I spent all yesterday with research, and finally was able to make Windows XP boot. It should be somewhat similar for other OS-es too. But the operation is everything but not trivial.
Because this a dangerous operation, I recommend backing up your precious data.
Here is the steps:
In the case Windows XP you need to make it forget the current disk letter and partition settings, so you need to erase all values from the HKEY_LOCAL_MACHINE/MountedDevices key on the virtual machine before the migration. The kernel will rebuild it on the next reboot.
On Linux virtual machines, this mean fixing the fstab after migration.
Mounting the VDI image
You cannot just copy the entire VDI to a partition, because it contains an MBR too. You need to copy only the virtual partition, so first you need to find a way to mount the VDI.
You need the
nbd driver and the
qemu-nbd command. On Ubuntu it's in the
First load the nbd driver:
# modprobe nbd
This should make some
nbd devices in
Then mount the VDI:
# qemu-nbd -c /dev/nbd0 path_to.vdi
This should make
/dev/nbd0p3 etc for all virtual partitions. These can be mounted like any ordinary devices.
Migrating the partition
dd for that, unmount both partitions before the operation:
# dd -if=<nbd_device> -of=<real_partition>
# dd -if=/dev/nbd0p3 -of=/dev/sda4
Operation of the
dd is silent, this may take several minutes, even a half hour. During the operation you may open a terminal and use
fdisk -l to see all is going well.
Apparently nbd is not a foolproof solution. It may cause I/O error and make dd fail. Moreover next try fails immediately. You can also try making a raw disk VMDK with this command (under linux):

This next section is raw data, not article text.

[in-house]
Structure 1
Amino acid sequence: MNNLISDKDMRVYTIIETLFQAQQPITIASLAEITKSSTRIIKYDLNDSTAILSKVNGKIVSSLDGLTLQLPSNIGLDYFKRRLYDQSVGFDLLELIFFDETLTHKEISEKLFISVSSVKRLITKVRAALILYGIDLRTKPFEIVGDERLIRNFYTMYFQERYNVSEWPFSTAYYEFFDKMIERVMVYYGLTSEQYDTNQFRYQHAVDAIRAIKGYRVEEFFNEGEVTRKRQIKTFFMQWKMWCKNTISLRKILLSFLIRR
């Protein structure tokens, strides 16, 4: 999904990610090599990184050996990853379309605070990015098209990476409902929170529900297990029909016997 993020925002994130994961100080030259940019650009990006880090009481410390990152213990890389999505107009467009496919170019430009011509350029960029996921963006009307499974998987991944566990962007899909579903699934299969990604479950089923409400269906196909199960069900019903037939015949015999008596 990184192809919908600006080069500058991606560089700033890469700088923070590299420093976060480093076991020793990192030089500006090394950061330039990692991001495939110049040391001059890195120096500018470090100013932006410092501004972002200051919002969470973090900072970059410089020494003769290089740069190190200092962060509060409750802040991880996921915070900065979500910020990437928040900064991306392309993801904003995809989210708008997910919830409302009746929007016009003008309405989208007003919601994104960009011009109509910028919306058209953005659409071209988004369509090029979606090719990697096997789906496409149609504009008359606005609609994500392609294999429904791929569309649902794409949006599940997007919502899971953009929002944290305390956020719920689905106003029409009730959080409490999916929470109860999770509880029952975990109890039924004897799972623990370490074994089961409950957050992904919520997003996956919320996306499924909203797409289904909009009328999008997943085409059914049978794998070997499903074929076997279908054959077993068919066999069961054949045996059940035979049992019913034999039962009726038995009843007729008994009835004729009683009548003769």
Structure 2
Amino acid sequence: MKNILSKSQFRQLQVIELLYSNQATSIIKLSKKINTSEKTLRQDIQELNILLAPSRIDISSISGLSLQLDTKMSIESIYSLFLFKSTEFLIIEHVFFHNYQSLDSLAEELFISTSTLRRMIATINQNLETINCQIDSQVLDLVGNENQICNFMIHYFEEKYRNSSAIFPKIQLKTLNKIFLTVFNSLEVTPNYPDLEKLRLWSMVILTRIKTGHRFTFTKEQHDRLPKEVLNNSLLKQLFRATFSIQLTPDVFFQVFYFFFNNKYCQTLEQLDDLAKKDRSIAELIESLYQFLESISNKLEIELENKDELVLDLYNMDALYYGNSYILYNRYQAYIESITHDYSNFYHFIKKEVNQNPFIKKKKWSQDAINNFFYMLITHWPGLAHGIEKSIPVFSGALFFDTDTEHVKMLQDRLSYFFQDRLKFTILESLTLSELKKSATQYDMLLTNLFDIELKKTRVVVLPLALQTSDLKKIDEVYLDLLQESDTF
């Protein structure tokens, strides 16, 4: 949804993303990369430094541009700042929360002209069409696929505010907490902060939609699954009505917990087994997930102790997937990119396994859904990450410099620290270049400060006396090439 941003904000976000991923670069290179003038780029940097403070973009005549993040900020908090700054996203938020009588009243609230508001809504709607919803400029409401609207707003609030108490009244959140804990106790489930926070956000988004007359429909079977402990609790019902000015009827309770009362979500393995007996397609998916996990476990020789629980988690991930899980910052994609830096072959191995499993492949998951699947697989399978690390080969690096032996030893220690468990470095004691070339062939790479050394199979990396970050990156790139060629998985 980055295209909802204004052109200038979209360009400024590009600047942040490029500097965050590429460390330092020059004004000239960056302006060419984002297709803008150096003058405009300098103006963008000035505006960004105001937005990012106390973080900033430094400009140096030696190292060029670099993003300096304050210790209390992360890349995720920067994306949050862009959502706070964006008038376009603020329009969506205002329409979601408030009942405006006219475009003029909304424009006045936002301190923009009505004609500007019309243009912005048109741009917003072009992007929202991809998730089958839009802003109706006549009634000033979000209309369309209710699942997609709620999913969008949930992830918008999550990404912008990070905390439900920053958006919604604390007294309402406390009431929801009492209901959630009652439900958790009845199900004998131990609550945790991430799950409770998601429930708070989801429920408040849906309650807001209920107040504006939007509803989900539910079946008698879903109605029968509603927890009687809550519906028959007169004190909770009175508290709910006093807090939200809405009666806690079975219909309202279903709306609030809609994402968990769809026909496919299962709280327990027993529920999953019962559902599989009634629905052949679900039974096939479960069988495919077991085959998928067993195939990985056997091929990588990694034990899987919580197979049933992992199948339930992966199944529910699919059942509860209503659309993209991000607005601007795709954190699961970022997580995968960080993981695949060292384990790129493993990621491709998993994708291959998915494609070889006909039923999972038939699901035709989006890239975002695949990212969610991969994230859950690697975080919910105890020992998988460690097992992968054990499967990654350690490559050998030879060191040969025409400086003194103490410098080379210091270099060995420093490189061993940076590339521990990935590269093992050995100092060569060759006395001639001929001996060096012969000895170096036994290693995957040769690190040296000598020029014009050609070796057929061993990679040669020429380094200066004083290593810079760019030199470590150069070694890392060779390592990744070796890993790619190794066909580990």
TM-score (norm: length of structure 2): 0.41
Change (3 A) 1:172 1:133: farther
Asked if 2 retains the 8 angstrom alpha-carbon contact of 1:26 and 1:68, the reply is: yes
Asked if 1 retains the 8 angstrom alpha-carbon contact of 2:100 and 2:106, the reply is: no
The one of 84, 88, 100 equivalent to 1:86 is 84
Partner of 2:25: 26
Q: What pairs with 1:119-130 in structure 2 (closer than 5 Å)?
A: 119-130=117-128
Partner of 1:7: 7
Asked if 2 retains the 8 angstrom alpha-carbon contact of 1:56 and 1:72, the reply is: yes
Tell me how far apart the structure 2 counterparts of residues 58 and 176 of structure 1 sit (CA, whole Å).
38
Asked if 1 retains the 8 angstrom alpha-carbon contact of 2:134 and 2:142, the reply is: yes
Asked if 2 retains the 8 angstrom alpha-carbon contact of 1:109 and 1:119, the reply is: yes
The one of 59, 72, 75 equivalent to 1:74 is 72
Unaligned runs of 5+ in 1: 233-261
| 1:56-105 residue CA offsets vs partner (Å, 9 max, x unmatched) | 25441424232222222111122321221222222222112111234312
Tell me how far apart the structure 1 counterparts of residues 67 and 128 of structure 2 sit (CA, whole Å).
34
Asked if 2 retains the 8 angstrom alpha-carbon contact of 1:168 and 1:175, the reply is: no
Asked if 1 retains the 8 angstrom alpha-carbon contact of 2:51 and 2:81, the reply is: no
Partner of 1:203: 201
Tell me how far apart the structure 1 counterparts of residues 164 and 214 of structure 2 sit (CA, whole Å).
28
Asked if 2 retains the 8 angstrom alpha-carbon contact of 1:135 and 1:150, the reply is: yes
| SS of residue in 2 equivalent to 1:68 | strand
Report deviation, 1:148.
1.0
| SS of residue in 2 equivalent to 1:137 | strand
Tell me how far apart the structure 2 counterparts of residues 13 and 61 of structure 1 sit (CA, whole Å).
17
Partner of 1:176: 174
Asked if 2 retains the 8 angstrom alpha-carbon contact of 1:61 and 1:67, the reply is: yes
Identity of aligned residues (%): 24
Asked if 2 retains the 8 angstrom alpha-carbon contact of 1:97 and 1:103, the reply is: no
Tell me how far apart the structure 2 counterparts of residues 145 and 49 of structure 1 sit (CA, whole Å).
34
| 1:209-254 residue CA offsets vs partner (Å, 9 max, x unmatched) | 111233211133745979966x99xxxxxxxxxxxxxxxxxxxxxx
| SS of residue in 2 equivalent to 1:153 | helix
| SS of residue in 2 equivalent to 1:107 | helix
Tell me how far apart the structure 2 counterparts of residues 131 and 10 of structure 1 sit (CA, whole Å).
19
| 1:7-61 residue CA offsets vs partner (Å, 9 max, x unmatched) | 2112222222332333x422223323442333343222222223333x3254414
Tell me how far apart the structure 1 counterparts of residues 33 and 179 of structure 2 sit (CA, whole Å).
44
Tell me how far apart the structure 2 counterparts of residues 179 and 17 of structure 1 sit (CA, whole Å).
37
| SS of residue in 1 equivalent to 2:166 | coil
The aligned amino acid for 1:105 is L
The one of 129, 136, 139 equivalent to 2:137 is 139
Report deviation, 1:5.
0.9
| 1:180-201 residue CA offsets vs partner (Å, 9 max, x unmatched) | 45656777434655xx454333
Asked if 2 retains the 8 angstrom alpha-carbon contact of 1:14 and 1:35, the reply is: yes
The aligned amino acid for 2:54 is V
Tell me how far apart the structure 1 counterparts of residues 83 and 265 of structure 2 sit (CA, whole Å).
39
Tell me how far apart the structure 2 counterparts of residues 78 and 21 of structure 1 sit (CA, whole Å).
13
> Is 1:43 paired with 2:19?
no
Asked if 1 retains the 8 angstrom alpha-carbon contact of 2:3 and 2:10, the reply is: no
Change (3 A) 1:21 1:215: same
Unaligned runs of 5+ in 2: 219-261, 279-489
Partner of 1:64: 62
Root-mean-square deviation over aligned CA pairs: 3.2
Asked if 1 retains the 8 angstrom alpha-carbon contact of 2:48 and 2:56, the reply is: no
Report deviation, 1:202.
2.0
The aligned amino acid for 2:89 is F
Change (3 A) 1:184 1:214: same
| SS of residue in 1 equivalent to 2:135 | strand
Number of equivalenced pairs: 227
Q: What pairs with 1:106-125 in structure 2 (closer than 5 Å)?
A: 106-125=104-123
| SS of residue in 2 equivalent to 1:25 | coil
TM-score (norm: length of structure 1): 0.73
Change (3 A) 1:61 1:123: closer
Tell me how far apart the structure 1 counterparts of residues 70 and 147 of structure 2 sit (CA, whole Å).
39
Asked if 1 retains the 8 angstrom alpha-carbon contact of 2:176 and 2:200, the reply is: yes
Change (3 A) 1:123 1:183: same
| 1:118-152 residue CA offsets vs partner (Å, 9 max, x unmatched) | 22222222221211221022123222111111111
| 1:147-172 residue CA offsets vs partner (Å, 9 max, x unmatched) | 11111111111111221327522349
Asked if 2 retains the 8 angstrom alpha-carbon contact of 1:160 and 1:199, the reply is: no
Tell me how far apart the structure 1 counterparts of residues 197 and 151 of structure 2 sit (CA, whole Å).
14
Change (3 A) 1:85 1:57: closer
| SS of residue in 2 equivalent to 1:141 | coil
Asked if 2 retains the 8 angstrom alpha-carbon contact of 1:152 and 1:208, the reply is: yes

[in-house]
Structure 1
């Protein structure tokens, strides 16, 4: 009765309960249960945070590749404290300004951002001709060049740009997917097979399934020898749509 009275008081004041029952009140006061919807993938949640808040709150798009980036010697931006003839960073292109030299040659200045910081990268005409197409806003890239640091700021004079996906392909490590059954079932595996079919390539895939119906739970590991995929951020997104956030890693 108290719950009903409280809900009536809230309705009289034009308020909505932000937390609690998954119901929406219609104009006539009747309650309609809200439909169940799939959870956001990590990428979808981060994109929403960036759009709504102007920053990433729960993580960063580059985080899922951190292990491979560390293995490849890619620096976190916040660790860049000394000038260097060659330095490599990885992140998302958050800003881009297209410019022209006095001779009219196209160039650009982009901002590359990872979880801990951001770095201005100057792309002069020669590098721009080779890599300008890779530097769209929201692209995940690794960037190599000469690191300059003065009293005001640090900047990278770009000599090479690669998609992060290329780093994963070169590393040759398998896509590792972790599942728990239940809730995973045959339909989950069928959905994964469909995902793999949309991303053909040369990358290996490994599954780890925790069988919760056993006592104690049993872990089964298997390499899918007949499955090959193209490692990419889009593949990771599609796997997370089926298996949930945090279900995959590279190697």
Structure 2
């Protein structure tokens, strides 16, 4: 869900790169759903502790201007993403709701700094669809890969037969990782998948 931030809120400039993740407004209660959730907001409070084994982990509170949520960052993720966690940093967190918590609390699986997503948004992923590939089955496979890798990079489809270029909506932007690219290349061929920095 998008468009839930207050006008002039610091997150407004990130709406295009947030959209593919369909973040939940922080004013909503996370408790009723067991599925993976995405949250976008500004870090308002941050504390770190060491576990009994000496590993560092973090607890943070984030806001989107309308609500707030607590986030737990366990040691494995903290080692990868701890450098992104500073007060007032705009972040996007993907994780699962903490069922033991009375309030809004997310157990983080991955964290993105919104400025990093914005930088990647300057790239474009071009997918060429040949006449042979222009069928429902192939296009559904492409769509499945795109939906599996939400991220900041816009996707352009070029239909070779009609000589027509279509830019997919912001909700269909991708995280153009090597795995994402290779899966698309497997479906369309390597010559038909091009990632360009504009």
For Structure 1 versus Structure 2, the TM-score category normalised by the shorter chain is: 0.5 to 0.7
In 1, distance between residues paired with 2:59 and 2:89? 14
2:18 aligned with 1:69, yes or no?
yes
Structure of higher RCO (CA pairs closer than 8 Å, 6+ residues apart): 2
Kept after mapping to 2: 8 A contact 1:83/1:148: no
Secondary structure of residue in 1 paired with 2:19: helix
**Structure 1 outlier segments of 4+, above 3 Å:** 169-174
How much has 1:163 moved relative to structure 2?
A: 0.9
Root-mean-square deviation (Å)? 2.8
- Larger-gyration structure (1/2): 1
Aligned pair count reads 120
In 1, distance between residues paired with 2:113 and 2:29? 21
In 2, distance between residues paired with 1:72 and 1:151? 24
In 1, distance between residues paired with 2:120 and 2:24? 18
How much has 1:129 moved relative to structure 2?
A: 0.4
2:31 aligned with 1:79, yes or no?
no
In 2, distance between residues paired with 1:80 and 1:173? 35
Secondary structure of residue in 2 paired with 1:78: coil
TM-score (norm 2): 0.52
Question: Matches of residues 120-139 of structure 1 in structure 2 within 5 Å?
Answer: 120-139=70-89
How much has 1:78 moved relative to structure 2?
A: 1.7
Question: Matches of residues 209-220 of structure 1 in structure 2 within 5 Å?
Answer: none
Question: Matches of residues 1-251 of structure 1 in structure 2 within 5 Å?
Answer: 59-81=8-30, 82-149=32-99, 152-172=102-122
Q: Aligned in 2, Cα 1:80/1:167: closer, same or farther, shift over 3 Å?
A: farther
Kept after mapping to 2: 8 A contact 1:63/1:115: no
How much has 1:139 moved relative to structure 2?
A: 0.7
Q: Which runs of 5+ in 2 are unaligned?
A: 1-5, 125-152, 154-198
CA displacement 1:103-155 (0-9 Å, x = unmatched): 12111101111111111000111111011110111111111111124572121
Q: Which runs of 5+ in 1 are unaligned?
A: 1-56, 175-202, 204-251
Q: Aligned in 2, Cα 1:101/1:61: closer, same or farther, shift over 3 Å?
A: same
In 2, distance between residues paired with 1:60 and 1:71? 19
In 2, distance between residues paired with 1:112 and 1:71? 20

$ VBoxManage internalcommands createrawvmdk -filename physical.vmdk -rawdisk /dev/sda
You need to be in the
disk group to make it work. Then add this vmdk to the virtual machine as a secondary hard drive, then use a Live Linux ISO to
dd the partition.
Fixing the boot sector of the NTFS partition
This is the hackish part.
We are almost ready, but Windows XP won't boot, because we need to set the number of hidden sectors of the filesystem at the offset
0x1C. This basically a number of sectors before NTFS partition. We can get this number from the
fdisk -ul command. The
start field of the output states which sector the given partition starts at, which is basically the number of sectors before the partition. So get the number from there, convert it to hexadecimal using gcalctool for example.
Open the partition with
hexedit, like this:
# hexedit /dev/sda4
Then write the number of hidden sectors in little endian order at the
1C offset. Little endiean means:
0xABCDEFGH will be
GH EF CD AB. If the hexa number is shorter that 8 digits, precede it with zero.
When done, save it and exit (Ctrl+X).
Setting up GRUB
You must tell GRUB to boot directly that partition, for GRUB add the following menu entry:
title Microsoft Windows XP Professional
(hdX, Y) identifies the partition. X is 0 for the default harddisk, 1 for
/dev/sda, 2 for
/dev/sdb etc. Y is the partition number. 0 for
/dev/sda1, 1 for
This should be similar for GRUB2 too, but it uses a bit different syntax for menu entries.
The new NTFS partition is ready to boot up. But you still need some hacking to reach the Windows XP desktop. Other systems might need different hacks. First the boot.ini needs to be fixed.
multi(0)disk(0)rdisk(0)partition(3)\WINDOWS="Microsoft Windows XP Professional" /noexecute=optin /fastdetect
Set the parition number accordingly. I installed it on the /dev/sda4. So the partition number should be 3.
You may need to fix the MountedDevices entry in the registry if Windows freezes right before the logon screen.
The registry is at
<path to windows>/system32/config/system you can view it by
This can be a problem if your system drive letter is not C. Since
chntpw's registry writing capabilities are quite limited, you need to fallback and use a hexeditor, like ghex2 to fix it. You need to find
\DosDevices\C: and replace the C with a different drive letter,
F in my case.
After these, you should be able to reach the desktop, now you need to hunt for all drivers, but this is out of the scope of this tutorial.
Moving Windows XP to a different partition
Mount a VDI under linux